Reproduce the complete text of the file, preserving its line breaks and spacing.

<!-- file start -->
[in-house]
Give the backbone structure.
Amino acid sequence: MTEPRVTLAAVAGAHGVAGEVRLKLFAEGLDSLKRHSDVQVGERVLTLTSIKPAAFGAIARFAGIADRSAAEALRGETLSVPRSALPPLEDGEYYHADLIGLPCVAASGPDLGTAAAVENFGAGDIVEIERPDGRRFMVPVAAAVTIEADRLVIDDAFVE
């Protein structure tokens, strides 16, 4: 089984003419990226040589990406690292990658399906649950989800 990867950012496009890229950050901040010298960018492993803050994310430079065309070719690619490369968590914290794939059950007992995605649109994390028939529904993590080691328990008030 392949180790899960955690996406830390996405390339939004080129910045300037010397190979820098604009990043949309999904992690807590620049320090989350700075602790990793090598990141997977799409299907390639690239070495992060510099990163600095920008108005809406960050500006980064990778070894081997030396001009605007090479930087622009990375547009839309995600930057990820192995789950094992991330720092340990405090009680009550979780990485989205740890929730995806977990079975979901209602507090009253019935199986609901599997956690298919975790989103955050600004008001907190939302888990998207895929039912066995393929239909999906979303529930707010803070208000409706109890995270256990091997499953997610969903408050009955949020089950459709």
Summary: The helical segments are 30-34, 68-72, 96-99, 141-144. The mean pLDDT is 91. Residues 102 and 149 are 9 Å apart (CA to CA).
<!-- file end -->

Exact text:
[in-house]
Give the backbone structure.
Amino acid sequence: MTEPRVTLAAVAGAHGVAGEVRLKLFAEGLDSLKRHSDVQVGERVLTLTSIKPAAFGAIARFAGIADRSAAEALRGETLSVPRSALPPLEDGEYYHADLIGLPCVAASGPDLGTAAAVENFGAGDIVEIERPDGRRFMVPVAAAVTIEADRLVIDDAFVE
């Protein structure tokens, strides 16, 4: 089984003419990226040589990406690292990658399906649950989800 990867950012496009890229950050901040010298960018492993803050994310430079065309070719690619490369968590914290794939059950007992995605649109994390028939529904993590080691328990008030 392949180790899960955690996406830390996405390339939004080129910045300037010397190979820098604009990043949309999904992690807590620049320090989350700075602790990793090598990141997977799409299907390639690239070495992060510099990163600095920008108005809406960050500006980064990778070894081997030396001009605007090479930087622009990375547009839309995600930057990820192995789950094992991330720092340990405090009680009550979780990485989205740890929730995806977990079975979901209602507090009253019935199986609901599997956690298919975790989103955050600004008001907190939302888990998207895929039912066995393929239909999906979303529930707010803070208000409706109890995270256990091997499953997610969903408050009955949020089950459709």
Summary: The helical segments are 30-34, 68-72, 96-99, 141-144. The mean pLDDT is 91. Residues 102 and 149 are 9 Å apart (CA to CA).